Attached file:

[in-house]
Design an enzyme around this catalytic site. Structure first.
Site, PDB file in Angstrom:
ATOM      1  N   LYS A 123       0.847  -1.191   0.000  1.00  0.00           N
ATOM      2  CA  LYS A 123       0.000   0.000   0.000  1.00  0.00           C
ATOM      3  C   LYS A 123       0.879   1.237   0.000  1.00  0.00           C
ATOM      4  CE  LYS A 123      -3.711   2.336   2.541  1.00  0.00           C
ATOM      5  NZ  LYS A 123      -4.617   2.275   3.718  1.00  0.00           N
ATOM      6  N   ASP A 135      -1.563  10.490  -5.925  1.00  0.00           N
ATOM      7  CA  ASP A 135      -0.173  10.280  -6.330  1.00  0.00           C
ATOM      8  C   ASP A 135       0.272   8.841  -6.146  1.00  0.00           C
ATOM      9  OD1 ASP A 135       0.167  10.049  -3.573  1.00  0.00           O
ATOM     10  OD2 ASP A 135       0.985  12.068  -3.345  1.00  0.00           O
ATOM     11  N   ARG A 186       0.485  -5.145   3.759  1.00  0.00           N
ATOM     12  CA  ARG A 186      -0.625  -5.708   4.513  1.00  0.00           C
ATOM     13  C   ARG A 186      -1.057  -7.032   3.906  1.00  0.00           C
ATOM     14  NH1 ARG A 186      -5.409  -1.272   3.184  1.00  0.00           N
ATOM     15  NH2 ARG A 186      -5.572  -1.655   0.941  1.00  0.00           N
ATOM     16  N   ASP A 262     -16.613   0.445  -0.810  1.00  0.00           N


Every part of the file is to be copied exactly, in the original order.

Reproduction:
[in-house]
Design an enzyme around this catalytic site. Structure first.
Site, PDB file in Angstrom:
ATOM      1  N   LYS A 123       0.847  -1.191   0.000  1.00  0.00           N
ATOM      2  CA  LYS A 123       0.000   0.000   0.000  1.00  0.00           C
ATOM      3  C   LYS A 123       0.879   1.237   0.000  1.00  0.00           C
ATOM      4  CE  LYS A 123      -3.711   2.336   2.541  1.00  0.00           C
ATOM      5  NZ  LYS A 123      -4.617   2.275   3.718  1.00  0.00           N
ATOM      6  N   ASP A 135      -1.563  10.490  -5.925  1.00  0.00           N
ATOM      7  CA  ASP A 135      -0.173  10.280  -6.330  1.00  0.00           C
ATOM      8  C   ASP A 135       0.272   8.841  -6.146  1.00  0.00           C
ATOM      9  OD1 ASP A 135       0.167  10.049  -3.573  1.00  0.00           O
ATOM     10  OD2 ASP A 135       0.985  12.068  -3.345  1.00  0.00           O
ATOM     11  N   ARG A 186       0.485  -5.145   3.759  1.00  0.00           N
ATOM     12  CA  ARG A 186      -0.625  -5.708   4.513  1.00  0.00           C
ATOM     13  C   ARG A 186      -1.057  -7.032   3.906  1.00  0.00           C
ATOM     14  NH1 ARG A 186      -5.409  -1.272   3.184  1.00  0.00           N
ATOM     15  NH2 ARG A 186      -5.572  -1.655   0.941  1.00  0.00           N
ATOM     16  N   ASP A 262     -16.613   0.445  -0.810  1.00  0.00           N